“I will do so by funding so-called moonshots focusing on the deep technology necessary to make a significant positive dent, and work with scientists, entrepreneurs, investors and governments to do so,” he said last week.
Northvolt has so far got millions of grants and loans from both Sweden and EU and also raised €1bn back in June 2019. The company will use the additional half a billion euros to establishing a giga-scale lithium-ion battery recycling facility next to the Northvolt gigafactory.
The facility will become the largest in the world with an initial capacity of 4 GWh, and the only large-scale facility in Europe capable of recycling lithium in addition to cobalt, nickel, manganese and other metals, according to the company.
The environmental protection agency in Sweden (Naturvårdsverket) decided in March to support Northvolt with €15m in the development of recycling cobalt, nickel och lithium from electric car batteries.
“We are in the process of getting a few patents on the process. Instead of melting the batteries, whereby only the cobalt and nickel is recycled, we are developing a new way of dissolving the raw material. In that way, we can also recycle lithium. I believe that we are the first in Europe to do this”, Carlsson told Sifted in August this year.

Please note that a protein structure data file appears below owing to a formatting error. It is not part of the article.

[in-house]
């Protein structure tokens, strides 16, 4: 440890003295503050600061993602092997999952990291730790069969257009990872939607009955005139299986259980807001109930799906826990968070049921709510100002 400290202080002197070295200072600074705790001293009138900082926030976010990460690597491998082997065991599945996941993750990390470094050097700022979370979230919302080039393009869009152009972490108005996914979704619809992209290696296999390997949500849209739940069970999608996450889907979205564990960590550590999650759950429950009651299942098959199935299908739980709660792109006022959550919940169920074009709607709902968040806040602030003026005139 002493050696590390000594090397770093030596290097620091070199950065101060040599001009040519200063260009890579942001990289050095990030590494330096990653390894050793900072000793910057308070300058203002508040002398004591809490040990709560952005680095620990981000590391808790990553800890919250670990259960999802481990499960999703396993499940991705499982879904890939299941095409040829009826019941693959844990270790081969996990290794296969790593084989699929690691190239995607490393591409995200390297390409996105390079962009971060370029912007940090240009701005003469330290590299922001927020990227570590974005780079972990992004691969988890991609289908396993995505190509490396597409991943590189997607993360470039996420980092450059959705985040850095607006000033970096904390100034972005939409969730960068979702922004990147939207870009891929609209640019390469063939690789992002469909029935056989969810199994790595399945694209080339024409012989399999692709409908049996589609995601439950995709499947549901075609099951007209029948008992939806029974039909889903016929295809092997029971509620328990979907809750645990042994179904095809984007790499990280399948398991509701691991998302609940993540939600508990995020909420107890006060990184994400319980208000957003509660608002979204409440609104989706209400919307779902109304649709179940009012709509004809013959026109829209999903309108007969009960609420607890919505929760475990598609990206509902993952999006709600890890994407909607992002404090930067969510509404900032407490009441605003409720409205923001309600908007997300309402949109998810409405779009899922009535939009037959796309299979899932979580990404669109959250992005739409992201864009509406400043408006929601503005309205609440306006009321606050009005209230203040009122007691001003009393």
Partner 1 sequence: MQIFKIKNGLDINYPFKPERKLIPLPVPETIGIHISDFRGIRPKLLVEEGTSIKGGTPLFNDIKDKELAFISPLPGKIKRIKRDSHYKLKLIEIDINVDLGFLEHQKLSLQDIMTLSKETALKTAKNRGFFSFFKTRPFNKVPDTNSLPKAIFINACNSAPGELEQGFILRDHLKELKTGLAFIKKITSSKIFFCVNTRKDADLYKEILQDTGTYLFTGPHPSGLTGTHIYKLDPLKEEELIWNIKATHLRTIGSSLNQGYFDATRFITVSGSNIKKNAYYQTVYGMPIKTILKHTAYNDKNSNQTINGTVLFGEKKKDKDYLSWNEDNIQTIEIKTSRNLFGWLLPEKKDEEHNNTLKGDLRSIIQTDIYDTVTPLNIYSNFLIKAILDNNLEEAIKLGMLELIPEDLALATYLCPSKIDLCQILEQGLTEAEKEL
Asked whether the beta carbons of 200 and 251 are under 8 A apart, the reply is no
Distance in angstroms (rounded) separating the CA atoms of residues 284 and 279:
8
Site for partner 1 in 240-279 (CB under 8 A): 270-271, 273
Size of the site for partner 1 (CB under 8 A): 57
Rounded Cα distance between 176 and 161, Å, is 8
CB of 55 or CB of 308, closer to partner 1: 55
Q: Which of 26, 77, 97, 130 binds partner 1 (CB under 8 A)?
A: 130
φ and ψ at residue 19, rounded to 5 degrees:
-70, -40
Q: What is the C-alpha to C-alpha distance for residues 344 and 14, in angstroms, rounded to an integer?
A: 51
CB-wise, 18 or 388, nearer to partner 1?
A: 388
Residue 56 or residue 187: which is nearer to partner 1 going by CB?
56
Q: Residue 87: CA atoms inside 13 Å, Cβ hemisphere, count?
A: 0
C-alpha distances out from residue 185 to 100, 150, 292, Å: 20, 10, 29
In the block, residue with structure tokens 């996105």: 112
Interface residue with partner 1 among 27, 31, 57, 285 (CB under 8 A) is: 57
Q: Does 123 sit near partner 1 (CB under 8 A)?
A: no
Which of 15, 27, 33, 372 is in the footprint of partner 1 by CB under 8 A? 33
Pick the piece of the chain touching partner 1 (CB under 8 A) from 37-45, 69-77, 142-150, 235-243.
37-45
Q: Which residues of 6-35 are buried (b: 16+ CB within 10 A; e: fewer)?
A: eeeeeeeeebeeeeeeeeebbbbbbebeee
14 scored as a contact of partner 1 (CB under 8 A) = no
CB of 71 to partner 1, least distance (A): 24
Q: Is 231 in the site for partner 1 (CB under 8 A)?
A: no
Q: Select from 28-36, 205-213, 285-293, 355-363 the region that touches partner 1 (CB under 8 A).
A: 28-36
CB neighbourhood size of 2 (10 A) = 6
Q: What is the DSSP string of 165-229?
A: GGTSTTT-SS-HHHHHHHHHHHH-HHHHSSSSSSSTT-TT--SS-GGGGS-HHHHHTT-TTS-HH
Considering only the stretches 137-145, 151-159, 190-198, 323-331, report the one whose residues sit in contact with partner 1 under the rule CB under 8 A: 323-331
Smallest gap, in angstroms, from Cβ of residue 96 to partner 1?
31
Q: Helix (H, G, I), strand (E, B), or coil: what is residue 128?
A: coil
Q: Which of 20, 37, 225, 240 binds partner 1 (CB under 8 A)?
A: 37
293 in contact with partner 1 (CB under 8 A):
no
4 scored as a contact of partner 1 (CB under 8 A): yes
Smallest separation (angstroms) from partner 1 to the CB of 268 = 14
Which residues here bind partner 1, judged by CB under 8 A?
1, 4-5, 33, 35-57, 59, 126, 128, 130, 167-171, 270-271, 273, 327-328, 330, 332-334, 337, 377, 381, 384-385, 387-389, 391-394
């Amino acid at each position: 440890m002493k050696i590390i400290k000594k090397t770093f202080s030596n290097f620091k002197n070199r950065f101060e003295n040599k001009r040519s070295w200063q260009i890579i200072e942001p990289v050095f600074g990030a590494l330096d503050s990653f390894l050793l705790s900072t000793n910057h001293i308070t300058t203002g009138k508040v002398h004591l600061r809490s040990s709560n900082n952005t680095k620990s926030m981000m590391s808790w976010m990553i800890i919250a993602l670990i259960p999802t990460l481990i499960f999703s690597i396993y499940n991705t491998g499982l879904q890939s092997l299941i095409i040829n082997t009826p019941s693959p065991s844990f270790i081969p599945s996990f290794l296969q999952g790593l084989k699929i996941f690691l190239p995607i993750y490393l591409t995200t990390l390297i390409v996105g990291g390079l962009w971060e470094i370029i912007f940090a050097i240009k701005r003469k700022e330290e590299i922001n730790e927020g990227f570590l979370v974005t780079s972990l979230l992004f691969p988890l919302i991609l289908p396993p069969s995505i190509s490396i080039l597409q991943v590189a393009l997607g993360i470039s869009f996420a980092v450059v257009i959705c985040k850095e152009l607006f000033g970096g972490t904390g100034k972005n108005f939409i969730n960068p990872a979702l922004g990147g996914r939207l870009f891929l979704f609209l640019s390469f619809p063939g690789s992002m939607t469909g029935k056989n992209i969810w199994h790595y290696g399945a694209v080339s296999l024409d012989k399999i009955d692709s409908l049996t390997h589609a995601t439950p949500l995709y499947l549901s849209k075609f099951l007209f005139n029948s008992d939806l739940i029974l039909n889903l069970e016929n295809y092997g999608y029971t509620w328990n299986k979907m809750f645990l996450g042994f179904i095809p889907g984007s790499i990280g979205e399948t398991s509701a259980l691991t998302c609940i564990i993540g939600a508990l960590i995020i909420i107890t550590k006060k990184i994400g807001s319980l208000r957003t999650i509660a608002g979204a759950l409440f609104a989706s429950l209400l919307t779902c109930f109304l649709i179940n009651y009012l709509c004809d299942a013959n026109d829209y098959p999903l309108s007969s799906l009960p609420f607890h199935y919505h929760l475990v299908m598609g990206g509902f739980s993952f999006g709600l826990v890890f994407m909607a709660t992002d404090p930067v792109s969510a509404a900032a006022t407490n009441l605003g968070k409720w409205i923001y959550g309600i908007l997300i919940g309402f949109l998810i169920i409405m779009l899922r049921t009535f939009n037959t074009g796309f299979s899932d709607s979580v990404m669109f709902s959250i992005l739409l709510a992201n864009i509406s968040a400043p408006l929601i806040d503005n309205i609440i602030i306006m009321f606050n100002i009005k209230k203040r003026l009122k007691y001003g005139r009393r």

Northvolt is by no means Ek’s first large investment. He has previously invested €16m in the telemedicine startup Kry as well as smaller investments in the healthtech startup HJN Sverige and the British online housing marketplace, Student.com.
Mimi Billing is Sifted’s Nordic correspondent. She also covers healthtech, and tweets from @MimiBilling
TikTok was just the beginning: Trump administration is stepping up scrutiny of past Chinese tech investments
The letters, which began landing in dozens of companies’ email inboxes in the spring, reflect the broadly held view among U.S. officials and lawmakers that the United States failed in recent years to adequately screen investments pouring in from China and other countries — particularly low-profile venture-capital investments that didn’t make the headlines. The 2018 Foreign Investment Risk Review Modernization Act, or FIRRMA, aimed to address that by boosting CFIUS’s funding and powers.
Tech executives say the inquiries are part of a growing chill in U.S.-China relations that has made Silicon Valley companies more cautious about accepting foreign investments and caused some China-backed venture-capital funds to curb their activity.
The decoupling can be seen in data showing that Chinese venture-capital investment in the United States dropped to a six-year low in the first half of 2020, to $800 million, according to research provider Rhodium Group. VC investment by U.S. firms in China hit its lowest level in four years, at $1.3 billion.
Michael Borrus, the founding general partner of XSeed Capital, said CFIUS scrutiny is causing investors and companies to think twice about deals.
“We’ve had Chinese VCs or Chinese families who have been interested in putting money in” to some companies where XSeed Capital is a shareholder, Borrus said. “In the current environment, we’ve decided it’s too complicated.”